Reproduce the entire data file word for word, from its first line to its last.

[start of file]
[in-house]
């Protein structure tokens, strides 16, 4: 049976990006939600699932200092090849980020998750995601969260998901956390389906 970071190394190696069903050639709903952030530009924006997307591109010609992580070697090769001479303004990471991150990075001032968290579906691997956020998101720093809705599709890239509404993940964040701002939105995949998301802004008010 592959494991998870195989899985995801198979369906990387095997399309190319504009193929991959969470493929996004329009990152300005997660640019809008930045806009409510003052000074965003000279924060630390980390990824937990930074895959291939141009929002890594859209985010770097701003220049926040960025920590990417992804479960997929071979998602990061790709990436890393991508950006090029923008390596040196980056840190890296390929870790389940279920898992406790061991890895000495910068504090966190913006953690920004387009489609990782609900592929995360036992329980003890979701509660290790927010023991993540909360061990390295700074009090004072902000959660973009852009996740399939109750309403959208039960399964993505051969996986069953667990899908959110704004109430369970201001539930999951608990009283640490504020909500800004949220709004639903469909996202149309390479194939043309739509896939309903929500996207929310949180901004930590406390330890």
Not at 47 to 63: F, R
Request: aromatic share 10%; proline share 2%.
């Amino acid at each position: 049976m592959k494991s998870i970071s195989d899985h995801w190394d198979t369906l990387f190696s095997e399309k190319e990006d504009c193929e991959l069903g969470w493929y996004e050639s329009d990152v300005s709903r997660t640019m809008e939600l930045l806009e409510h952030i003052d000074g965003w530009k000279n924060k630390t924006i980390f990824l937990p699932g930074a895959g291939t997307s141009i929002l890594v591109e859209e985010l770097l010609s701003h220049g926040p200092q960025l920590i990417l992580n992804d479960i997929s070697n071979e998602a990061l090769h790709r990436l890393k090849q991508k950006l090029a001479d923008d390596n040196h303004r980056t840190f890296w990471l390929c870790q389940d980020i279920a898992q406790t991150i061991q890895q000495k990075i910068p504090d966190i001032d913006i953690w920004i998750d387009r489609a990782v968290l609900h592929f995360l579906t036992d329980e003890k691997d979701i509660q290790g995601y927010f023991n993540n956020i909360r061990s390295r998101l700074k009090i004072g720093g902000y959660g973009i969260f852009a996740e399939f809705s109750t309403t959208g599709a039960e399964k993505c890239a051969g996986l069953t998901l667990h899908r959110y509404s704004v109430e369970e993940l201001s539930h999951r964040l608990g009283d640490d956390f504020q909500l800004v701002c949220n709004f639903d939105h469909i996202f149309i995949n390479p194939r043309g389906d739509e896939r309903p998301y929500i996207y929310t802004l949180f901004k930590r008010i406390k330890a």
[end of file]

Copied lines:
[in-house]
């Protein structure tokens, strides 16, 4: 049976990006939600699932200092090849980020998750995601969260998901956390389906 970071190394190696069903050639709903952030530009924006997307591109010609992580070697090769001479303004990471991150990075001032968290579906691997956020998101720093809705599709890239509404993940964040701002939105995949998301802004008010 592959494991998870195989899985995801198979369906990387095997399309190319504009193929991959969470493929996004329009990152300005997660640019809008930045806009409510003052000074965003000279924060630390980390990824937990930074895959291939141009929002890594859209985010770097701003220049926040960025920590990417992804479960997929071979998602990061790709990436890393991508950006090029923008390596040196980056840190890296390929870790389940279920898992406790061991890895000495910068504090966190913006953690920004387009489609990782609900592929995360036992329980003890979701509660290790927010023991993540909360061990390295700074009090004072902000959660973009852009996740399939109750309403959208039960399964993505051969996986069953667990899908959110704004109430369970201001539930999951608990009283640490504020909500800004949220709004639903469909996202149309390479194939043309739509896939309903929500996207929310949180901004930590406390330890």
Not at 47 to 63: F, R
Request: aromatic share 10%; proline share 2%.
């Amino acid at each position: 049976m592959k494991s998870i970071s195989d899985h995801w190394d198979t369906l990387f190696s095997e399309k190319e990006d504009c193929e991959l069903g969470w493929y996004e050639s329009d990152v300005s709903r997660t640019m809008e939600l930045l806009e409510h952030i003052d000074g965003w530009k000279n924060k630390t924006i980390f990824l937990p699932g930074a895959g291939t997307s141009i929002l890594v591109e859209e985010l770097l010609s701003h220049g926040p200092q960025l920590i990417l992580n992804d479960i997929s070697n071979e998602a990061l090769h790709r990436l890393k090849q991508k950006l090029a001479d923008d390596n040196h303004r980056t840190f890296w990471l390929c870790q389940d980020i279920a898992q406790t991150i061991q890895q000495k990075i910068p504090d966190i001032d913006i953690w920004i998750d387009r489609a990782v968290l609900h592929f995360l579906t036992d329980e003890k691997d979701i509660q290790g995601y927010f023991n993540n956020i909360r061990s390295r998101l700074k009090i004072g720093g902000y959660g973009i969260f852009a996740e399939f809705s109750t309403t959208g599709a039960e399964k993505c890239a051969g996986l069953t998901l667990h899908r959110y509404s704004v109430e369970e993940l201001s539930h999951r964040l608990g009283d640490d956390f504020q909500l800004v701002c949220n709004f639903d939105h469909i996202f149309i995949n390479p194939r043309g389906d739509e896939r309903p998301y929500i996207y929310t802004l949180f901004k930590r008010i406390k330890a």